...In June I enjoyed Robert Montgomery in the witty P.G. Wodehouse comedy PICCADILLY JIM (1936)...I also really liked Hedy Lamarr in DISHONORED LADY (1947), about a reformed party girl entangled in a murder case...I saw THE WAR OF THE WORLDS (1953) for the first time...HOUSE OF STRANGERS (1949) was an absorbing family drama with excellent performances by Richard Conte, Susan Hayward, and Edward G. Robinson...Conte was also first-rate as the expectant father in FULL OF LIFE (1956), a very good film indeed, which also starred Judy Holliday...I thoroughly enjoyed Romy Schneider in the German-language film THE STORY OF VICKIE (1954), a fictional story about the love of the young Queen Victoria and Prince Albert.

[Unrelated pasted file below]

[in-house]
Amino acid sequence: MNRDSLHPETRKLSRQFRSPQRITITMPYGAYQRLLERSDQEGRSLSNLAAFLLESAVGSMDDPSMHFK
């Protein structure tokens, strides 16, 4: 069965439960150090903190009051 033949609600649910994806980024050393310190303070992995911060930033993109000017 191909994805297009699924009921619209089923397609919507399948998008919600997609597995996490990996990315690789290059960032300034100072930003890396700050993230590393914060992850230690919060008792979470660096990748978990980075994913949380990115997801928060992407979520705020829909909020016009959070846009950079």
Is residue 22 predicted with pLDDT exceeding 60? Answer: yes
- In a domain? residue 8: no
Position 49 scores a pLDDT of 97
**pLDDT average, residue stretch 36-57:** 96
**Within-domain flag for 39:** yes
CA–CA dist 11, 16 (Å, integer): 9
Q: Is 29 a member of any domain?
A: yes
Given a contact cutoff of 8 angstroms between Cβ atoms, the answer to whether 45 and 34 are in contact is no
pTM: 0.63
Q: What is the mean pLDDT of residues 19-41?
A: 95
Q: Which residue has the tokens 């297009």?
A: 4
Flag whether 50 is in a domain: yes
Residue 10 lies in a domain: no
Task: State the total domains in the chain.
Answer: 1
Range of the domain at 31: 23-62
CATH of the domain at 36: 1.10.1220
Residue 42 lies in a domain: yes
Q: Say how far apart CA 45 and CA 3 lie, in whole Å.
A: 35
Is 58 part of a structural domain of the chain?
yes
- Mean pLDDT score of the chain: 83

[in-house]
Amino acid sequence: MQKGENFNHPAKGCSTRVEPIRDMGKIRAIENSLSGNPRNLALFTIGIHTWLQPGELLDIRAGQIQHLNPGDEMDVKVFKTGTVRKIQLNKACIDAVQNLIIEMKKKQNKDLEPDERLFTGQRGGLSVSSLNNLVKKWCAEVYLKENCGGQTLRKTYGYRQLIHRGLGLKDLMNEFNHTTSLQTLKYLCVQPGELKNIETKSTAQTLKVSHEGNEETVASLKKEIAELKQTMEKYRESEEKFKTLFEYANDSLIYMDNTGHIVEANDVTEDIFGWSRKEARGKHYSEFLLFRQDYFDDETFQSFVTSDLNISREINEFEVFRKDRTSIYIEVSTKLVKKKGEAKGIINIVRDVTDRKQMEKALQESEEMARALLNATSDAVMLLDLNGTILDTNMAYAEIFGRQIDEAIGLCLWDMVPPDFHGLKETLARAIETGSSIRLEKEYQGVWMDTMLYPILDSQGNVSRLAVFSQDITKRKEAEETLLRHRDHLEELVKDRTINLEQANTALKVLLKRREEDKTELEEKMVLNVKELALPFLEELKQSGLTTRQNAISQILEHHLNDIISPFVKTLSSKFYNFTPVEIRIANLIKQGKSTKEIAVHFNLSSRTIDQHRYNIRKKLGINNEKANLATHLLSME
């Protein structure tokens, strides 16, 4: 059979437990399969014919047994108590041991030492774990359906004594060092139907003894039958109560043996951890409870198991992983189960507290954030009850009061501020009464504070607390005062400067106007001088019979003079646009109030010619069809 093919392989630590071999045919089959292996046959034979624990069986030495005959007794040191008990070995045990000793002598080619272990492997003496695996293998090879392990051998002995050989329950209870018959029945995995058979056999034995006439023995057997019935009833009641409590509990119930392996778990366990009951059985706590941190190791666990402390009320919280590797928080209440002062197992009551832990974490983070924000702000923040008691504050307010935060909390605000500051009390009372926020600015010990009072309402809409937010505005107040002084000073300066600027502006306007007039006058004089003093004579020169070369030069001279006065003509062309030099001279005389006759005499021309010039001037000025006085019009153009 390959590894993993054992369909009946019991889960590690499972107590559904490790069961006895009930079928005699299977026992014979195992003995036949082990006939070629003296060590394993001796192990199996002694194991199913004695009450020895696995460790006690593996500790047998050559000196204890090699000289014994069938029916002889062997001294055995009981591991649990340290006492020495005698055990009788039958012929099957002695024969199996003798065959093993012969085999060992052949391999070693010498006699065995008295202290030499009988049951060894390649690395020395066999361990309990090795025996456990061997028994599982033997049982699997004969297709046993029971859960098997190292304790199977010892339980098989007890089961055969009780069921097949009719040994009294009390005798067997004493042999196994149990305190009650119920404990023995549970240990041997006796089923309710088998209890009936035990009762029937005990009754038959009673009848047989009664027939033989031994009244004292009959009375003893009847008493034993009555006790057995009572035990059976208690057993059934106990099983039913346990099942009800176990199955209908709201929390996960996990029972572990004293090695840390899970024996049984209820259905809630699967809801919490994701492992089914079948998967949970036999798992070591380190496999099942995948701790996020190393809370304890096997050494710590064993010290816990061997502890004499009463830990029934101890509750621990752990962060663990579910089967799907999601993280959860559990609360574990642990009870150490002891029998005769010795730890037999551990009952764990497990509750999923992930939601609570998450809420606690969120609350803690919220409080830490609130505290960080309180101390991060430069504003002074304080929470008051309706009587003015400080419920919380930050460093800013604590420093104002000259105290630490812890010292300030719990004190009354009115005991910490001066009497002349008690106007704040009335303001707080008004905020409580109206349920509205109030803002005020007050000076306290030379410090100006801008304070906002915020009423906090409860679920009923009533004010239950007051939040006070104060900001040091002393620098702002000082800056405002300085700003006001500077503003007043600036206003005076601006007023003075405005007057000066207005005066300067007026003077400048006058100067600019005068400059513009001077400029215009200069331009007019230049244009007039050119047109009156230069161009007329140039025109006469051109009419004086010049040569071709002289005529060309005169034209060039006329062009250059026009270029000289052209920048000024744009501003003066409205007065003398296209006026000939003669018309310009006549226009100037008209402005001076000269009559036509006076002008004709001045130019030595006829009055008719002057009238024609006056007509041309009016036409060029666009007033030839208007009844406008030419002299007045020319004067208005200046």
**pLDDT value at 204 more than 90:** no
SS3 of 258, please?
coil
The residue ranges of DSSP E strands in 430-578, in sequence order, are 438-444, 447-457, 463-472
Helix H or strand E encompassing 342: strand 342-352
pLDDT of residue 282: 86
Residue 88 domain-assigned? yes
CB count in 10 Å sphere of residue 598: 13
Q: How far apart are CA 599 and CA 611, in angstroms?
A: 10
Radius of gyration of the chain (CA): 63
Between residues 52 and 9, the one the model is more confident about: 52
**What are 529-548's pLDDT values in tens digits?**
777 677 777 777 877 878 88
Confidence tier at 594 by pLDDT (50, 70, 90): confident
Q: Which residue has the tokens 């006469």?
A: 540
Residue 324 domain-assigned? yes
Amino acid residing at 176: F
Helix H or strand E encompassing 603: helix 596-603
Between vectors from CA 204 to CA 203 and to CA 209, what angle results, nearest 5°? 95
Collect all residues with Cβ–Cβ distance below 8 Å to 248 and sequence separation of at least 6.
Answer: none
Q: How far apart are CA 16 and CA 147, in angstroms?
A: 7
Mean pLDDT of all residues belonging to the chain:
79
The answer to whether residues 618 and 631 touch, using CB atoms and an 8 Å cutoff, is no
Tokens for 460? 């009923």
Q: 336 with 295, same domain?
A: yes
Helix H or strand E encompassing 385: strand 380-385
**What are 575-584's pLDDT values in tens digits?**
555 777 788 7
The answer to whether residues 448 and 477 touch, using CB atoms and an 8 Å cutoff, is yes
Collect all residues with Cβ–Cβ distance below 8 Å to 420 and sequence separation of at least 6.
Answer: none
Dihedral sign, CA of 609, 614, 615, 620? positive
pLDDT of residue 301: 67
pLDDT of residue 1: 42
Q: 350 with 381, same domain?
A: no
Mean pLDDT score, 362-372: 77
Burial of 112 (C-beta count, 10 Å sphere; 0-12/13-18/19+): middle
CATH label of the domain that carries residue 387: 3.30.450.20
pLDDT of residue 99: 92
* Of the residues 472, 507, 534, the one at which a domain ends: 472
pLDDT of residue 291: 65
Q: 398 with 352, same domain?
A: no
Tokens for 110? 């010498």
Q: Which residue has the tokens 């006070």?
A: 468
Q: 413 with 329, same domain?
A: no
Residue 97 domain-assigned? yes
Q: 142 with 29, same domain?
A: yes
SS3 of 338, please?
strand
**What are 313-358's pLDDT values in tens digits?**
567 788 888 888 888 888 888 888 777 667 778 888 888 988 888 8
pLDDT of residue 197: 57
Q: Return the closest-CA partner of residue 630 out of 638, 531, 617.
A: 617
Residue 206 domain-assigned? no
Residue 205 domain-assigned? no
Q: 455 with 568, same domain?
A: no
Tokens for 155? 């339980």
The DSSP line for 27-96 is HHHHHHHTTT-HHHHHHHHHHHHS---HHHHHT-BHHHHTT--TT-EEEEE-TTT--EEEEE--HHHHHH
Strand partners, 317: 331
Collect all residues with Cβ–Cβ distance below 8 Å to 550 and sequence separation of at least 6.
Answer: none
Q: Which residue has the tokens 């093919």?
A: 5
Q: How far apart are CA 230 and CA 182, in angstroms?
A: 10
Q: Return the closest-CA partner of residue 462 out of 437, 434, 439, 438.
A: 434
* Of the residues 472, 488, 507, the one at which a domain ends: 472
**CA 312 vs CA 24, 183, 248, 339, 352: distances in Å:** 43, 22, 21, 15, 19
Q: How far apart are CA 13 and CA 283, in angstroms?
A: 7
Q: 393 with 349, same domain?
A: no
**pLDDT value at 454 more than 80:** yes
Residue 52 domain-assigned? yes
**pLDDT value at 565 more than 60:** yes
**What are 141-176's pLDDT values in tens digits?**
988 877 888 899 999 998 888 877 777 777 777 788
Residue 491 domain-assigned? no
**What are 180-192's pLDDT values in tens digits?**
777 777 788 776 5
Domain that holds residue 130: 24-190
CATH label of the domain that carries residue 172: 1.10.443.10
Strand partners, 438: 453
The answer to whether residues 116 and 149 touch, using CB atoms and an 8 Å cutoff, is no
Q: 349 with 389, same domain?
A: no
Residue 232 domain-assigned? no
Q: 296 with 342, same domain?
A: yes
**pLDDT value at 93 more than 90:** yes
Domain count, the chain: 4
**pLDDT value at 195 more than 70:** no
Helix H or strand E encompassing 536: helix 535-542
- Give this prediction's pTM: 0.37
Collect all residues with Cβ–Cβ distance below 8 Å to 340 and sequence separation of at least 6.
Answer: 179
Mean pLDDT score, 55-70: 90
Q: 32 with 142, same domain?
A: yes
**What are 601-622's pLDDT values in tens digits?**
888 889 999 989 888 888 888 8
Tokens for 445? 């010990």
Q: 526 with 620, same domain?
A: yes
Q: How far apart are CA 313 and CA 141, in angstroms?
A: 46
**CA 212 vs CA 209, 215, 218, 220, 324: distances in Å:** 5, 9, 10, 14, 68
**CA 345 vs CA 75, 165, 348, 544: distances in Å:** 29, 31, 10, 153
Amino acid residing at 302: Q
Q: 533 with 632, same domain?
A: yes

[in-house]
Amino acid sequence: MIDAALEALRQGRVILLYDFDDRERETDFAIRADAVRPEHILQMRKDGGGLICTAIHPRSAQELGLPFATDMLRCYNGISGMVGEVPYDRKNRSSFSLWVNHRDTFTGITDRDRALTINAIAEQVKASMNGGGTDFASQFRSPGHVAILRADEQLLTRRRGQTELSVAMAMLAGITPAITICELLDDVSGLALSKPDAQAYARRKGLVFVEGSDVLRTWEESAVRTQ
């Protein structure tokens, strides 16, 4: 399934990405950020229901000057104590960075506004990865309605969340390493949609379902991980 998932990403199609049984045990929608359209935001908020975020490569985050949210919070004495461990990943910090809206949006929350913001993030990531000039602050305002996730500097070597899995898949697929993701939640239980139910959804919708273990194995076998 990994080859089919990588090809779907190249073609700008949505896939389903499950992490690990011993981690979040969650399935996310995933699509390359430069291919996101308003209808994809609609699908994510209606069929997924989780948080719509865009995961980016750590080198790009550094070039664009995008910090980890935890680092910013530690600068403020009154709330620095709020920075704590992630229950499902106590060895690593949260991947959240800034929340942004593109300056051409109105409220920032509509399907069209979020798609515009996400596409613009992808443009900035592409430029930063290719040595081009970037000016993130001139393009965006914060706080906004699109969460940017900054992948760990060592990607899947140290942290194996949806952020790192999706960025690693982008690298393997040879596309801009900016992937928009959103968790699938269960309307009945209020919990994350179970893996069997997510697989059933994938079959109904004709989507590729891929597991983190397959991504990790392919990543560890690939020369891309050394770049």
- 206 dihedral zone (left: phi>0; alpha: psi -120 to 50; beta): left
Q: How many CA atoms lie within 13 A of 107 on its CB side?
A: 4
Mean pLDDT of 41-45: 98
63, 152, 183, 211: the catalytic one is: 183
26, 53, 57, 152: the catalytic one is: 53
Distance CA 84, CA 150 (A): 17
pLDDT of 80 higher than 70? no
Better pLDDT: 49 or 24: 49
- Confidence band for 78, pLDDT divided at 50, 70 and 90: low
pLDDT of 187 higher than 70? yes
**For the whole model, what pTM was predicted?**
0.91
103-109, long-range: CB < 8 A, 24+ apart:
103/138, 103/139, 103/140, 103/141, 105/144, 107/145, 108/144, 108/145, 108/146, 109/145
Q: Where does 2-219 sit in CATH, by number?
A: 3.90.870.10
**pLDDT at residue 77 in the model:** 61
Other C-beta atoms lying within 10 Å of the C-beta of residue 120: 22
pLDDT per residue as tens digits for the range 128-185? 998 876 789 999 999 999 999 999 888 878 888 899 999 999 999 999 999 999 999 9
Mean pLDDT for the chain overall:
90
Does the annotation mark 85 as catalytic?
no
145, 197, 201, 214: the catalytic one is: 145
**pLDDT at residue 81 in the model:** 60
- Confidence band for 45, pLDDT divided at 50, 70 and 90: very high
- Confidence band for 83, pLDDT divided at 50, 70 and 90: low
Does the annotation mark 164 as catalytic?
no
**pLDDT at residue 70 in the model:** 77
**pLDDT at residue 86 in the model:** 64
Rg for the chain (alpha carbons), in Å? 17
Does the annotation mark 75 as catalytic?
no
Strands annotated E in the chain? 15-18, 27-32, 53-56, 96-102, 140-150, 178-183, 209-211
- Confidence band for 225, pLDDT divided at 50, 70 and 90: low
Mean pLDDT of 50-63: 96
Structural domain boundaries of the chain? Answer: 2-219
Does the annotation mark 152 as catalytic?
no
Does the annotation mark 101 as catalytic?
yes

...We "staycationed" at home in July, and naturally lots of movies were involved! July led off with William Lundigan in a well-done little "B" noir, the 59-minute FOLLOW ME QUIETLY (1949); this movie had one of the scariest scenes of all last year's movies...ESCORT WEST (1958), from John Wayne's Batjac Productions, was a good "movie comfort food" kind of Western with Victor Mature leading a strong cast including Elaine Stewart, Faith Domergue, and familiar Western faces Ken Curtis, Harry Carey Jr., Noah Beery Jr., and Leo Gordon...STATION WEST (1948) was a wonderful discovery, a well-written Western noir starring Dick Powell and Jane Greer, featuring the singing of Burl Ives...THE GAL WHO TOOK THE WEST (1949) was one of my favorite films of 2011, a delightful Western comedy with Yvonne DeCarlo choosing between John Russell and Scott Brady, while trying to keep them from killing each other...THE VANISHING VIRGINIAN (1942) was another favorite discovery of the year, a lovely family film with especially good performances by Frank Morgan, Spring Byington, and 19-year-old Kathryn Grayson...I got a kick out of Doris Day and Jack Kelly landing a plane in Andrew L. Stone's JULIE (1956), a film in which Day is stalked by husband Louis Jourdan...THE MAKIOKA SISTERS (1983) was an absorbing, culturally broadening Japanese film set in pre-WWII Japan...WHERE THE BOYS ARE (1960) was perfect summer entertainment, with an excellent cast of young actors including Dolores Hart, Paula Prentiss, and Connie Stevens...I really enjoyed AIR CADET (1951), a semi-documentary procedural about the training of Air Force pilots...and I also liked BOYS' RANCH (1946), an MGM family film with James Craig and Dorothy Patrick.